technology

The Kinetoscope and Edison’s Wrong Way to Invent the Cinema

The Kinetoscope and Edison’s Wrong Way to Invent the Cinema

On April 14, 1894, chief engineer William K. L. Dickson in the team of Thomas Alva Edison, presents the newly invented Kinetoscope, an early motion picture exhibition device designed for films to be viewed by one individual at a time through a peephole viewer window at the top of the device. Merely a Fairground Attraction Ok, according to Edison, the cinema would never have become the silver screen you know, but would have…
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Sir Francis Bacon and the Scientific Method

Sir Francis Bacon and the Scientific Method

On January 22, 1561, English philosopher, statesman, scientist, jurist, orator, essayist, and author Sir Francis Bacon was born. Bacon has been called the creator of empiricism. His works established and popularized inductive methodologies for scientific inquiry. “Knowledge, that tendeth but to satisfaction, is but as a courtesan, which is for pleasure, and not for fruit or generation.” — Francis Bacon, as quoted in Valerius Terminus: Of the Interpretation of Nature (ca. 1603) Scholasticism…
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There’s Plenty of Room at the Bottom – Richard Feynman and The Birth of Nanotechnology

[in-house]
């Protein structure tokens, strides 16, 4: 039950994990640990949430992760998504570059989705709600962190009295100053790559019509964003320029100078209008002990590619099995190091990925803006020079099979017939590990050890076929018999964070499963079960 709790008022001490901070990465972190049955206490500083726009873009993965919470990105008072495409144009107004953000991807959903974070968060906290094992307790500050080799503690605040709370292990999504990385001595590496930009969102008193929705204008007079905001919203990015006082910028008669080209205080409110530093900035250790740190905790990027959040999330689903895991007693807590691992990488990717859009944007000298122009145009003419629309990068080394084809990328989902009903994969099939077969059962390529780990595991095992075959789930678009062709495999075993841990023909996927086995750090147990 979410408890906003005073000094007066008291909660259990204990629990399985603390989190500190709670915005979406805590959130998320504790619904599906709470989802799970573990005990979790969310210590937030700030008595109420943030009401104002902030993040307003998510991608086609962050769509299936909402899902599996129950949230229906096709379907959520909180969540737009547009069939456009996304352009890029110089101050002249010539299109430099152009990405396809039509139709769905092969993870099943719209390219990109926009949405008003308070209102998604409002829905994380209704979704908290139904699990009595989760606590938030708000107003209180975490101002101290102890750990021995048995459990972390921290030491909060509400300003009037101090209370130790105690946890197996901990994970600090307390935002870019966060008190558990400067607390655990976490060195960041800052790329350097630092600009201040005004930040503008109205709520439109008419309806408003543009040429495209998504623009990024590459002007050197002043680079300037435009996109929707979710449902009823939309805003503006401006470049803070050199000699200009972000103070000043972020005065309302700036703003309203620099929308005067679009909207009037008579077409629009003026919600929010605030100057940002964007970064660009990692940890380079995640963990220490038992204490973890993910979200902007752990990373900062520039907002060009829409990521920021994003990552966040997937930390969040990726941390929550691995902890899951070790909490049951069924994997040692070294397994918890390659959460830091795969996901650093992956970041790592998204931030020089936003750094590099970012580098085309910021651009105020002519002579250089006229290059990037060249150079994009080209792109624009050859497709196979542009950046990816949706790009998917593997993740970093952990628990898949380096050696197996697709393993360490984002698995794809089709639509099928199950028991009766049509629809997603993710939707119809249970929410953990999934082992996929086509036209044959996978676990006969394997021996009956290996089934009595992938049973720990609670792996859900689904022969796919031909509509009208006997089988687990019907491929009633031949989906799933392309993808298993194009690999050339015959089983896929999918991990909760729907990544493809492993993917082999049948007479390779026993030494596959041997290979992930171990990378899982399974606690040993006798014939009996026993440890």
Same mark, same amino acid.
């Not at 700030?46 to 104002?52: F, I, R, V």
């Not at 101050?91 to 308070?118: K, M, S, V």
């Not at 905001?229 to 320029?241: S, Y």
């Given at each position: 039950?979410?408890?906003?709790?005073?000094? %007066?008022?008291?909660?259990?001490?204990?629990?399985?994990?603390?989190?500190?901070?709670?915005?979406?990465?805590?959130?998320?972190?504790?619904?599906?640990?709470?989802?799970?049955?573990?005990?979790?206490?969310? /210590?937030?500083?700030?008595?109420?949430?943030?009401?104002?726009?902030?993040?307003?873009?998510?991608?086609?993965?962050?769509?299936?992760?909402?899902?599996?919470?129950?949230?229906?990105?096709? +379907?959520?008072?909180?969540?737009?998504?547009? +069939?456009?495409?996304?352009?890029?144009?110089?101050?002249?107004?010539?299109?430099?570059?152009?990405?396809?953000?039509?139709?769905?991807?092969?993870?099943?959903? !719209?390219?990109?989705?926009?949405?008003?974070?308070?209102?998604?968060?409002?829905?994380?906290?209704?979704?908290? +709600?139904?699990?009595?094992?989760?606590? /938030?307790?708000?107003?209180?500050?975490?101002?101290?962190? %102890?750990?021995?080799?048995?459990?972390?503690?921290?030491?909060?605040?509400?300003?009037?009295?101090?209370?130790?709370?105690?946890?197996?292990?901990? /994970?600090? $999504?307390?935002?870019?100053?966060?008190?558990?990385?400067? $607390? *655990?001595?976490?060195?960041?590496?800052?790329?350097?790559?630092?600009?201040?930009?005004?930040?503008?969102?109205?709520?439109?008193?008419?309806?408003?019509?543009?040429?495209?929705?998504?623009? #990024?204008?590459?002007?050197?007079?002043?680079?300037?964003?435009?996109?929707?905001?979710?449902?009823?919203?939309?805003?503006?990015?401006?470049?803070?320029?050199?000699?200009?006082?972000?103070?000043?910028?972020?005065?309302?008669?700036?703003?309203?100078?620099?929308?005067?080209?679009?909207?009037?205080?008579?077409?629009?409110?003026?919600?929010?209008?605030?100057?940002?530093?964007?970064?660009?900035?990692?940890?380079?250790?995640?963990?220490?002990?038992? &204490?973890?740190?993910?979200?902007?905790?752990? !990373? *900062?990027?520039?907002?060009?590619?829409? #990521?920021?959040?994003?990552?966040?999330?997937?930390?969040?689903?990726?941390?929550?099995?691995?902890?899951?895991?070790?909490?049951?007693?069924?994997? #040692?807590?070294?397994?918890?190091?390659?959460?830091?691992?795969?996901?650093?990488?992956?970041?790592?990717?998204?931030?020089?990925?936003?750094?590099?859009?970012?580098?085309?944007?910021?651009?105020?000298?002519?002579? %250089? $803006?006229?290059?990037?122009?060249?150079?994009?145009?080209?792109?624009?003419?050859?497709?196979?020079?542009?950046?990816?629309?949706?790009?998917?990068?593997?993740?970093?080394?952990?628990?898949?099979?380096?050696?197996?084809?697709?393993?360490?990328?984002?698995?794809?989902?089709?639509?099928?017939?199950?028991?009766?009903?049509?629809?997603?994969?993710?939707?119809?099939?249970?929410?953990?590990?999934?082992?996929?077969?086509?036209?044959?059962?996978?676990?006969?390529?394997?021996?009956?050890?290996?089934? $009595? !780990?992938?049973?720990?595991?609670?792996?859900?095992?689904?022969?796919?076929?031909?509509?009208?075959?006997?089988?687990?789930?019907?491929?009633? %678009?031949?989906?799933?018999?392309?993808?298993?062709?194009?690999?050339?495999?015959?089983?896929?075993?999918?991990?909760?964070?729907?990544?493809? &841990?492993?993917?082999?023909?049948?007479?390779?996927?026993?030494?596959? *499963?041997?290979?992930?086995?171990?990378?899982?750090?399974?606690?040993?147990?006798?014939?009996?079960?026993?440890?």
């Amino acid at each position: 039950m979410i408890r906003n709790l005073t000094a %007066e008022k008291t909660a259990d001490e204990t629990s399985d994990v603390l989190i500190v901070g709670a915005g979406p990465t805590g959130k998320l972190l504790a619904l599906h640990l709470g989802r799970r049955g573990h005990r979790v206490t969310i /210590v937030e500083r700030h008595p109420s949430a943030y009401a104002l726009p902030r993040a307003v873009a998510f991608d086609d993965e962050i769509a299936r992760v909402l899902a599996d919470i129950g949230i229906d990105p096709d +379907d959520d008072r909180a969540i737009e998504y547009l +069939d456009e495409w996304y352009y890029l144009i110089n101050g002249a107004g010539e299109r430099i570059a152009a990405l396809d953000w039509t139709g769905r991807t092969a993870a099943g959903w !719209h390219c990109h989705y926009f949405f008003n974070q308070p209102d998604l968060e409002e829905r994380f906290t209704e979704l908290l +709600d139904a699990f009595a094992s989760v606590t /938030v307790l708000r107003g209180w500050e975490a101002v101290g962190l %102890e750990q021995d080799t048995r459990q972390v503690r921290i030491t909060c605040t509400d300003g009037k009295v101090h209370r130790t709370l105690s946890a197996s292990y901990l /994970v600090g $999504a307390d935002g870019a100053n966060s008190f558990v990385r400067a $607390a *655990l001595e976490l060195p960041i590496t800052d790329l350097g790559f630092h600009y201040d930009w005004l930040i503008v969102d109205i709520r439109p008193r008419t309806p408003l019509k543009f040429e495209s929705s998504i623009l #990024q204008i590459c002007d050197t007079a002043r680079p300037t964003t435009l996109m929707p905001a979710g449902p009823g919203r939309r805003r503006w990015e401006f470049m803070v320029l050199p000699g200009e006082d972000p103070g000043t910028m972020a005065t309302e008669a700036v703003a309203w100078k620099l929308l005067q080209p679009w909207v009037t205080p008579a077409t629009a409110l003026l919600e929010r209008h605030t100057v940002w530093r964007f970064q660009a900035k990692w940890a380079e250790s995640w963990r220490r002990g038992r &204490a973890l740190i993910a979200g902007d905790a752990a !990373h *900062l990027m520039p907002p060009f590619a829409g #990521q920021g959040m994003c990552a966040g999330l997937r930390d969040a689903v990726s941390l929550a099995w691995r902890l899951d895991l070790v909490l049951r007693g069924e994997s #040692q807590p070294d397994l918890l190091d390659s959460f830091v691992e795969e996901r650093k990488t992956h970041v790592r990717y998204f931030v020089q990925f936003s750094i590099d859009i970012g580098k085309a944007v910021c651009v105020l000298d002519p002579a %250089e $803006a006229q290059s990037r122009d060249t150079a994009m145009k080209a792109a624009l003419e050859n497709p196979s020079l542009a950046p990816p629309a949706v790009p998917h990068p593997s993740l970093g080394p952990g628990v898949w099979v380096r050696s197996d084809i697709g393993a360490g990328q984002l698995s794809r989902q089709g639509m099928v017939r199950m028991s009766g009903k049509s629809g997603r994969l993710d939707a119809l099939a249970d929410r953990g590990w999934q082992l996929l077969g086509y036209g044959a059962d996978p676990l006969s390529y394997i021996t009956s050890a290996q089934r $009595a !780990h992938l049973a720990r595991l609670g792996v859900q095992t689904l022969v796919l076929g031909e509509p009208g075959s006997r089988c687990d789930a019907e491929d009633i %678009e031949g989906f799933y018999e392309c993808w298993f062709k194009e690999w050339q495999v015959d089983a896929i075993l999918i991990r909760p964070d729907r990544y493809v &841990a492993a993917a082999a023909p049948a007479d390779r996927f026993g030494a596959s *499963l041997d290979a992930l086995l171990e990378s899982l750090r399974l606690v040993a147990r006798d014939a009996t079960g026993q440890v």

There’s Plenty of Room at the Bottom – Richard Feynman and The Birth of Nanotechnology

On December 29, 1959, American physicist and Nobel Laureate Richard Feynman at an American Physical Society meeting at Caltech gave a presentation entitled ‘There’s Plenty of Room at the Bottom‘, which is generally considered to be a seminal event in the history of nanotechnology, as it inspired the conceptual beginnings of the field decades later. At SciHi blog, Richard Feynman already is some sort of an old acquaintance.[3] Not only that he was…
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How Reginald Fessenden sent the World’s First Radio Broadcast on Christmas Eve 1906

How Reginald Fessenden sent the World’s First Radio Broadcast on Christmas Eve 1906

It was on Christmas Evening in 1906, when Reginald Fessenden broadcasted the very first radio program in the United States including a speech by Fessenden, music from the phonograph, a violin solo, and a short reading of the bible heard on the US-Atlantic-Coasters. Reginald Fessenden Background Reginald Fessenden was educated at the Trinity College in Ontario followed by the Bishop’s College School in Quebec. During this period, he already taught mathematics to…
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Werner von Siemens – Inventor and International Entrepreneur

Werner von Siemens – Inventor and International Entrepreneur

On December 13, 1816, German inventor and industrialist Werner von Siemens was born. He was the pioneer of the electro industry and brought about a great technological advancement with many of his important discoveries. Moreover, he was co-inventor of an electroplating process and alone developed an electric dynamo. He laid the first telegraph line and built the first electric railway in Germany and, with his brother Sir William Siemens, developed a widely…